Rupar is right about Graham’s affect here:
"Donald Trump is the most vibrant member of the Republican Party" — Lindsey Graham's interview on Fox News Sunday has major hostage video vibes pic.twitter.com/4vohcotJjK
— Aaron Rupar (@atrupar) February 14, 2021
Will also note for those who don’t have the stomach to watch that in addition to “vibrant,” Graham called the short-fingered vulgarian the Republican Party’s most “potent” member, which sounds like the kind of framing an abuse victim might use to salve the ego of a violent tormenter and forestall further abuse. So, Graham vs. Haley. The fight is on for the wizened turd that is the soul of the Republican Party.
Sort of related: toward the end of the thread downstairs, valued commenter Steep said something that resonated:
Can’t remember where I read it—somewhere on Twitter, probably—but someone offered the thought that at this point it’s more helpful to think of the GQP not as a political party but as a virus, concerned only with survival, power and self-replication. That got me to consider the framing of Trump not so much as the head of the party or a cult leader but as the current host of the virus. Now that he’s out of office and facing a lot of legal problems, his viability as a host is in question. (Not to mention he’s old and not healthy.) So Cruz, Hawley, Haley et al. are calculating how to slide into that position without being seen as the one to kill the old host.
Maybe it’s not helpful to think only in terms of “Trump’s base” and think that if the Trump problem is solved everything is okay. (Not saying that you are doing that.) If Trump disappeared tomorrow the racists and fascists would still be around and would quickly find someone else to attach themselves to. Like a virus.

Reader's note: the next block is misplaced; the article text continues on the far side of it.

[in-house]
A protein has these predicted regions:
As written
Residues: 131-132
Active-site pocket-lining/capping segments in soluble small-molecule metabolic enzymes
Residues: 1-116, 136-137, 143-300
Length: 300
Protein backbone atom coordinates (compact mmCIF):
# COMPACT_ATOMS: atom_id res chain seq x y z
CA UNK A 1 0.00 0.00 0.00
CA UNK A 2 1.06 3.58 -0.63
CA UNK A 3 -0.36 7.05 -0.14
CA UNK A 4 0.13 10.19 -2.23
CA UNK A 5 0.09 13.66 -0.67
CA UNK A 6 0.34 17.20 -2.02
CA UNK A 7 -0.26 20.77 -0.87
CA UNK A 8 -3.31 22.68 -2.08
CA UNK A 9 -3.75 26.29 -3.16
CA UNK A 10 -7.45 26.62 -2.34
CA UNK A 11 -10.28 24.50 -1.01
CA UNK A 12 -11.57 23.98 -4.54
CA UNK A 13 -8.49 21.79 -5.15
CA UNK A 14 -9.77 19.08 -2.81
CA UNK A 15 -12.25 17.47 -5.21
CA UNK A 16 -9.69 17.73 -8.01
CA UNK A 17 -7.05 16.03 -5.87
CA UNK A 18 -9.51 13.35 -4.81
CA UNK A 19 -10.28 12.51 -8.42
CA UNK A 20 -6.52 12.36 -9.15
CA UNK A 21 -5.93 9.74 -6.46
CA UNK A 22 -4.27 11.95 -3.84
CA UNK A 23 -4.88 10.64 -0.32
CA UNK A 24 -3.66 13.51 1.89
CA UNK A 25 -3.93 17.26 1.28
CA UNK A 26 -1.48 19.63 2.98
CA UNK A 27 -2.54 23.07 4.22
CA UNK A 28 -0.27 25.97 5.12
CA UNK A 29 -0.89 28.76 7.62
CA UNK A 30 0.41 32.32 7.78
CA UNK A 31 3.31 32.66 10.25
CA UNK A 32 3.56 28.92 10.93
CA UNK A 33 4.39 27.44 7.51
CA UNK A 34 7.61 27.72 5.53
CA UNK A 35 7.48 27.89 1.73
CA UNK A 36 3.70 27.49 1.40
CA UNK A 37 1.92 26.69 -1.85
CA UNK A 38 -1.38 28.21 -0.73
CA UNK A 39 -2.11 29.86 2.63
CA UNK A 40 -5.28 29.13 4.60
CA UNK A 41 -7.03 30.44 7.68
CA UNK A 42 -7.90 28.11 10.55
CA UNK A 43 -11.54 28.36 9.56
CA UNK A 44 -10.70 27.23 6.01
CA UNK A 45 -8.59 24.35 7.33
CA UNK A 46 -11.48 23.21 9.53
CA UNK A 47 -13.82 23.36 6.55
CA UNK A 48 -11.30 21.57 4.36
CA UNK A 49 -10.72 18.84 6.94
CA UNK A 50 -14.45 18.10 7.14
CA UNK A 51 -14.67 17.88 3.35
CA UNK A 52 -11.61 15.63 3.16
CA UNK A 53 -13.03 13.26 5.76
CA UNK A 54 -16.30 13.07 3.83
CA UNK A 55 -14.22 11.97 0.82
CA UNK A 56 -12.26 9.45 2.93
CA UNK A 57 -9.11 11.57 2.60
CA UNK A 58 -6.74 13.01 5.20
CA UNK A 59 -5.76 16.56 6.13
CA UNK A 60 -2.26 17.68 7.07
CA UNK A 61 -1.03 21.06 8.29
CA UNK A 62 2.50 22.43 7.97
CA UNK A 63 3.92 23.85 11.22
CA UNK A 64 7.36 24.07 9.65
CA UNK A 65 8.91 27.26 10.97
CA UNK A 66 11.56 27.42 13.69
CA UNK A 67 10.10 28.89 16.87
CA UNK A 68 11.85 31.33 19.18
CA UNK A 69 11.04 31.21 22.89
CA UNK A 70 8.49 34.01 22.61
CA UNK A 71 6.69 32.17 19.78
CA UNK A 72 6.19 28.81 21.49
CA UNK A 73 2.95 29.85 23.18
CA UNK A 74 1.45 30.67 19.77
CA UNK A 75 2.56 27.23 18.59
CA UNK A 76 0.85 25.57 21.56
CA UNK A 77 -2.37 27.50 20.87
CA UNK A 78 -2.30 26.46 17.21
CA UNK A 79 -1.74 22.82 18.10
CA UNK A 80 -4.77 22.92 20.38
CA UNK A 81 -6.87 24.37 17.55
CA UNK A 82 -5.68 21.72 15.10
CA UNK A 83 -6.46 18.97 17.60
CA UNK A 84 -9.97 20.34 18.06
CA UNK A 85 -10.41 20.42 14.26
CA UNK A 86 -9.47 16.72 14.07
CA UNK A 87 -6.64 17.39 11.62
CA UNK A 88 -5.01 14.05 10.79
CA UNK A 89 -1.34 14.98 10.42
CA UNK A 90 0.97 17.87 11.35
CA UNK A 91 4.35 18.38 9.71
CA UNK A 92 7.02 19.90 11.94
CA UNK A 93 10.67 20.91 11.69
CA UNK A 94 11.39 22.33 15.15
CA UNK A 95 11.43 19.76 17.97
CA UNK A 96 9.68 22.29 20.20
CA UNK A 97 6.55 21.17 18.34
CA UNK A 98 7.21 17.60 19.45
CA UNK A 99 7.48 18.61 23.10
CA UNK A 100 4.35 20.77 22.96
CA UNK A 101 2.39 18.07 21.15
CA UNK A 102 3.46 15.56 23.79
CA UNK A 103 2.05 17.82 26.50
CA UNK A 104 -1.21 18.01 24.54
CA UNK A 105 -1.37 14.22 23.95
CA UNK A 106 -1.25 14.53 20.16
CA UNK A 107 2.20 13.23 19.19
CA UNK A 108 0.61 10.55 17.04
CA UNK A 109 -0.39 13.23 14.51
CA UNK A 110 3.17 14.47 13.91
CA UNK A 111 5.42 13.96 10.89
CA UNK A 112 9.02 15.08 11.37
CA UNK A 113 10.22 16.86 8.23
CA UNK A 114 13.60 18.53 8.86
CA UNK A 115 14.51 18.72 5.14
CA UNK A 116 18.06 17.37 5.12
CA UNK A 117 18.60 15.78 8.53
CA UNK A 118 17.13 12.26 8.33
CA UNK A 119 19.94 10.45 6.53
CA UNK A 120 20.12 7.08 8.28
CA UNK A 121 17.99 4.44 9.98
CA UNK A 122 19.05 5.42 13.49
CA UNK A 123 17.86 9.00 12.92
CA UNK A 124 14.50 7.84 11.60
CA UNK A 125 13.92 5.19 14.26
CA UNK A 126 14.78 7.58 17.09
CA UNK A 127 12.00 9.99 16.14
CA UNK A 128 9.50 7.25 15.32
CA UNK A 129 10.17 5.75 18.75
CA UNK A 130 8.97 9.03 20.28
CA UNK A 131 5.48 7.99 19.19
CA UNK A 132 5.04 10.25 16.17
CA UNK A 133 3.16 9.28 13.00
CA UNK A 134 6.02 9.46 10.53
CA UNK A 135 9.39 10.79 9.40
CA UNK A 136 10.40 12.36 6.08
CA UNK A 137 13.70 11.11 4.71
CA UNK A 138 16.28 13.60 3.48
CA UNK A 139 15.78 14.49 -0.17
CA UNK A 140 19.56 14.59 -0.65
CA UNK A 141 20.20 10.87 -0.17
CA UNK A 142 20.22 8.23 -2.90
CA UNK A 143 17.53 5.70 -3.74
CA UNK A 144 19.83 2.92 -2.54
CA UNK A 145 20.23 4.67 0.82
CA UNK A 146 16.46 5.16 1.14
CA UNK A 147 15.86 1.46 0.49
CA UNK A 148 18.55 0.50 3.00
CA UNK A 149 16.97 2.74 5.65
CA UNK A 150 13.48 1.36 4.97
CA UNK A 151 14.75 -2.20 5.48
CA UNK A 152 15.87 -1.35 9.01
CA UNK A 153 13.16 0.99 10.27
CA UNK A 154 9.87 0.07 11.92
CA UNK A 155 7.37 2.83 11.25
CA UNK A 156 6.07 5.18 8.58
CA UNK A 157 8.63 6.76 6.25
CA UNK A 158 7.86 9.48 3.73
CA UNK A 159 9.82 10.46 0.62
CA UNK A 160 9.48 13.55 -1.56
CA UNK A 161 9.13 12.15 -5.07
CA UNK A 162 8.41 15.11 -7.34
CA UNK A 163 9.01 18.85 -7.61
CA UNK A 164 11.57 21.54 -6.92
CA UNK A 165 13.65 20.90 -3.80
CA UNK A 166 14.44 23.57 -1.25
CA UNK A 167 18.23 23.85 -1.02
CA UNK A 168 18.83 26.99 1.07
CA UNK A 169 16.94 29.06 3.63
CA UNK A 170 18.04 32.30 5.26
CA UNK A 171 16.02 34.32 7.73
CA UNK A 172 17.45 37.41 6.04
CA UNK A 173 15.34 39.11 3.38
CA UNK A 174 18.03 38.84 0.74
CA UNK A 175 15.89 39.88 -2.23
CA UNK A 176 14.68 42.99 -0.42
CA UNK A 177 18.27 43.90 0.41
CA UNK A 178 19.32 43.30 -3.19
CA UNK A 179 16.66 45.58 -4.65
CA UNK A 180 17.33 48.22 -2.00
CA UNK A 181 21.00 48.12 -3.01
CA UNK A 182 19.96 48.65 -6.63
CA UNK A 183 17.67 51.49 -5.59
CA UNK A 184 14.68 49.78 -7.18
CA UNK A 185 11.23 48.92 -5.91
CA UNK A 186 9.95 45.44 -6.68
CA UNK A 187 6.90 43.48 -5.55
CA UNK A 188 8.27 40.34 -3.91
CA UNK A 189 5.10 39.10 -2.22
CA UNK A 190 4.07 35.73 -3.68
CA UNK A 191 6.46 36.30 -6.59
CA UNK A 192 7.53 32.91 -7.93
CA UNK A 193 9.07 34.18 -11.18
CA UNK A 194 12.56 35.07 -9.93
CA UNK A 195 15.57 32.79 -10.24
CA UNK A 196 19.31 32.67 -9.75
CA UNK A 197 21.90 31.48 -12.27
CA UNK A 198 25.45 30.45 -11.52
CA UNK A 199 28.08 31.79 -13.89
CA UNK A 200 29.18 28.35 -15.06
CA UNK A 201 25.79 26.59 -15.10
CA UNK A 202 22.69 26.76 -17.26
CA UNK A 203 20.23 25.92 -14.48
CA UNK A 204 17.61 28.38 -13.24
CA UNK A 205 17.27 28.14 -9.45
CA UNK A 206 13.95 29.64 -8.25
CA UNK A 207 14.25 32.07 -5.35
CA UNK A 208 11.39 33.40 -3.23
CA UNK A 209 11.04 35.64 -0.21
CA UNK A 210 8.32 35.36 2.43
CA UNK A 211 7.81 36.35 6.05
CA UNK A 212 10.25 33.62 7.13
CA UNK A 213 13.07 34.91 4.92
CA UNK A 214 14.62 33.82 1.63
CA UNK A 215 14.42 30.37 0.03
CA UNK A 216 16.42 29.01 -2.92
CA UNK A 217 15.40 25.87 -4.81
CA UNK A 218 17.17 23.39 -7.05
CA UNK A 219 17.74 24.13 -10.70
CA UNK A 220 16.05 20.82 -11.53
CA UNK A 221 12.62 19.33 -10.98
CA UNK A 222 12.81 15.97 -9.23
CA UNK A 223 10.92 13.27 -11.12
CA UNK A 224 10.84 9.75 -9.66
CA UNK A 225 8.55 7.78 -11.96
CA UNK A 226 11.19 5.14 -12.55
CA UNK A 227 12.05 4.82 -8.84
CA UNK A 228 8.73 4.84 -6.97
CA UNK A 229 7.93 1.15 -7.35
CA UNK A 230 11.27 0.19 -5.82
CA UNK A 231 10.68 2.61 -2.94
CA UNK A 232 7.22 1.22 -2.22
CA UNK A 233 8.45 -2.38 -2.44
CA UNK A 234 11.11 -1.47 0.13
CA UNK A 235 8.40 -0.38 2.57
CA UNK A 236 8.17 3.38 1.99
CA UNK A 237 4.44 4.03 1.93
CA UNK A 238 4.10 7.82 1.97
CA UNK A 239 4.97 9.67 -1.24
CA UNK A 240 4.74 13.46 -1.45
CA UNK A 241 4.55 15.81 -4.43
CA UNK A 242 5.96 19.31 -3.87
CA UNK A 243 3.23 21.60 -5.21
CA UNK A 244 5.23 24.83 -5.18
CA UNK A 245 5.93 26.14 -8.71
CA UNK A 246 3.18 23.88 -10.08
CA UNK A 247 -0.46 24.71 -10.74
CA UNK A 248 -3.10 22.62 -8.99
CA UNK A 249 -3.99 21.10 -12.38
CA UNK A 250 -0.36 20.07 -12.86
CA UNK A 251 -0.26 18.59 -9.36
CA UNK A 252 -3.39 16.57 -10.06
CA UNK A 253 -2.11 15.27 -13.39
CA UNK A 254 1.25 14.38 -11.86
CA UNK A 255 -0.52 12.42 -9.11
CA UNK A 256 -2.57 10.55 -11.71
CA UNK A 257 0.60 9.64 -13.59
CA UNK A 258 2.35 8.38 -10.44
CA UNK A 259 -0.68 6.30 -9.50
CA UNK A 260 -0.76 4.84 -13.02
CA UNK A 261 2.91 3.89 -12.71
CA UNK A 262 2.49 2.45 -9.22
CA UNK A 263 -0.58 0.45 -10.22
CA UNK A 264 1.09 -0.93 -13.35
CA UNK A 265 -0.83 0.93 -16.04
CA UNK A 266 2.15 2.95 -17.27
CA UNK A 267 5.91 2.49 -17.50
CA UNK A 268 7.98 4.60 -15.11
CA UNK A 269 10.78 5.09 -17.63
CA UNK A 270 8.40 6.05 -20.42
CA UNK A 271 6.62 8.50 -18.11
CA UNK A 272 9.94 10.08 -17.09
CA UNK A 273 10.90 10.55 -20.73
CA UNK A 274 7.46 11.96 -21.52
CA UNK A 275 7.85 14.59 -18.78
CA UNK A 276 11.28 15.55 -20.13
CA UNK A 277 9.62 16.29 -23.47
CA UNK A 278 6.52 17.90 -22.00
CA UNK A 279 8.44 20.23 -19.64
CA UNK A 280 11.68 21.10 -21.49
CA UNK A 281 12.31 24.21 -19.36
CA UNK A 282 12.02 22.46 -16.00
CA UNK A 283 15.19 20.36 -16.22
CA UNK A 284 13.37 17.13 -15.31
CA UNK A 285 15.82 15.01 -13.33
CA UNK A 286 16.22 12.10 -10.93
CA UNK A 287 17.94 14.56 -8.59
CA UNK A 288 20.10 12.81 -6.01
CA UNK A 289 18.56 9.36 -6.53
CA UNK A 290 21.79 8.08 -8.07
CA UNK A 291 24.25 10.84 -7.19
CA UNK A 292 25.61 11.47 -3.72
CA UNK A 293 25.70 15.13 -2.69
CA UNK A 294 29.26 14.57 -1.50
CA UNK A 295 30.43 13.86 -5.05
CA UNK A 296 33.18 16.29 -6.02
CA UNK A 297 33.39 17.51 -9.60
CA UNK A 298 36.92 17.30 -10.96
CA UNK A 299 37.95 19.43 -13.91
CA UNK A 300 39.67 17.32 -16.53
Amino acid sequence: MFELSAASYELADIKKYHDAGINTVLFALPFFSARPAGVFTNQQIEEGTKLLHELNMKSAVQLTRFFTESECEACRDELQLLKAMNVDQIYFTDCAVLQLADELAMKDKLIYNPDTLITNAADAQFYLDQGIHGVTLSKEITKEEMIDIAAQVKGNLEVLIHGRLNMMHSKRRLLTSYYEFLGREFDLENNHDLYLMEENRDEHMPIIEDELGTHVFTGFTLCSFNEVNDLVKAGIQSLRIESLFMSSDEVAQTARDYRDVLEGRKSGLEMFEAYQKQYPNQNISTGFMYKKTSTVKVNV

I think that’s true. But to extend the analogy a bit, maybe it is worth thinking about “the base” to the extent that Mango Mussolini turned out voters like no other Republican could, i.e., the Velveeta Voldemort variant of the GOP virus was more transmissible when the Dark Lord was the host.
I suspect the Haley variant would be less so and that she’d lose two Hair Furor fans for every suburban swing-vote mom she brought on board with her compelling backstory and seeming reasonableness.
Cruz and Hawley are repellent in unique ways, but He Who Shall Not Be Named proved that those who arouse intense disgust in one portion of the electorate can inspire ecstatic devotion in another quarter for the exact same traits. My feeling is Ted and Josh don’t have it in them, but who knows?
Anyhoo. Open thread.